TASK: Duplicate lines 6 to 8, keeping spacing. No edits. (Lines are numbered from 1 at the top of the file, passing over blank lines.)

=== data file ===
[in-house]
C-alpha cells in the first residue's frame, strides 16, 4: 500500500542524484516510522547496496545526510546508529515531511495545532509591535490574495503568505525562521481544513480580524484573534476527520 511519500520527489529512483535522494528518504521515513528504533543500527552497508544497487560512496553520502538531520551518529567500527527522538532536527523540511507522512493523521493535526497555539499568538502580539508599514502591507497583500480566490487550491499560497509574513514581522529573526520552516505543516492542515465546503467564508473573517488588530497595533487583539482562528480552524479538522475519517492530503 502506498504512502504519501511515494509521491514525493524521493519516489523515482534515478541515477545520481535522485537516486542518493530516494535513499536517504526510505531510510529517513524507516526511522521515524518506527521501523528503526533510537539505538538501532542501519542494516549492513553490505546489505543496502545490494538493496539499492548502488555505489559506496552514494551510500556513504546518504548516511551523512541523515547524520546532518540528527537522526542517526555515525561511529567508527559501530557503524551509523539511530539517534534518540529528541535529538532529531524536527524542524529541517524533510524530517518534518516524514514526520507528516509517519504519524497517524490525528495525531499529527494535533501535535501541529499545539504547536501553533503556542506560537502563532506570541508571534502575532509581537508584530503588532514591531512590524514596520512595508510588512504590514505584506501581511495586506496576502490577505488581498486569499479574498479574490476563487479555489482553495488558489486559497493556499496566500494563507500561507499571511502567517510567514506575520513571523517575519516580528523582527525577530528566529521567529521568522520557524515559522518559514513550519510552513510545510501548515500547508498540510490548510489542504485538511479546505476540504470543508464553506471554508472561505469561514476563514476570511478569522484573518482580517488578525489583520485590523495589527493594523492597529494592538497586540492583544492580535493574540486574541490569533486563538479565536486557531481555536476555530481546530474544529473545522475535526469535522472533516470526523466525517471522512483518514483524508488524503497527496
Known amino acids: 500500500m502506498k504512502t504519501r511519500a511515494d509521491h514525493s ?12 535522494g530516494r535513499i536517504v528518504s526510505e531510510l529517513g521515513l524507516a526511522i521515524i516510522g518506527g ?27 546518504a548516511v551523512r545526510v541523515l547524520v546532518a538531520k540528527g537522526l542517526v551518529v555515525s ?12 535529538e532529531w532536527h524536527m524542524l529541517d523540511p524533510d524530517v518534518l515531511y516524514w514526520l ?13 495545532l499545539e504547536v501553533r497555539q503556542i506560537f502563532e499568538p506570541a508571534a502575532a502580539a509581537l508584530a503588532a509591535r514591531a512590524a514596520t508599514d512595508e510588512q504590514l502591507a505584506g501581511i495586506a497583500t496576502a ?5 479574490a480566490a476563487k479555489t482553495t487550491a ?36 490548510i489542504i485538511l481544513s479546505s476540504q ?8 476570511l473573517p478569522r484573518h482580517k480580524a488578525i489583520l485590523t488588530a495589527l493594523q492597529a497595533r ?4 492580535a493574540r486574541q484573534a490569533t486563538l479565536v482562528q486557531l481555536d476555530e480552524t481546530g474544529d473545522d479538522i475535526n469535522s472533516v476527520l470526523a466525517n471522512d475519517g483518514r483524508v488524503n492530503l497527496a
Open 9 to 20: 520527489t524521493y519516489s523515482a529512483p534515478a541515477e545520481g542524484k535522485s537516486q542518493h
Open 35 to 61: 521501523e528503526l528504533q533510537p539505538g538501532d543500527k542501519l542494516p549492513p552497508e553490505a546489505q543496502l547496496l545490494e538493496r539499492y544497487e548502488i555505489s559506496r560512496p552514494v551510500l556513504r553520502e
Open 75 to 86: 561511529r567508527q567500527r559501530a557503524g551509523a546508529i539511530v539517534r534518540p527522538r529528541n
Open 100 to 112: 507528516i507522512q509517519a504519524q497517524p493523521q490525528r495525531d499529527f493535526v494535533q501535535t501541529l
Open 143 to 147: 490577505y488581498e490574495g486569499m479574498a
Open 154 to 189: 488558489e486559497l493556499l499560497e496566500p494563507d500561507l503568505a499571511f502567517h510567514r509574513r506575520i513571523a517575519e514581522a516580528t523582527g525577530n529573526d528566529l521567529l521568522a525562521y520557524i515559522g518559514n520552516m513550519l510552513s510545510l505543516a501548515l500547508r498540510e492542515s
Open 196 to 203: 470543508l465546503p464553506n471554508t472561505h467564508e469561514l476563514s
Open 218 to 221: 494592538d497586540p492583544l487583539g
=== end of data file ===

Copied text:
Open 75 to 86: 561511529r567508527q567500527r559501530a557503524g551509523a546508529i539511530v539517534r534518540p527522538r529528541n
Open 100 to 112: 507528516i507522512q509517519a504519524q497517524p493523521q490525528r495525531d499529527f493535526v494535533q501535535t501541529l
Open 143 to 147: 490577505y488581498e490574495g486569499m479574498a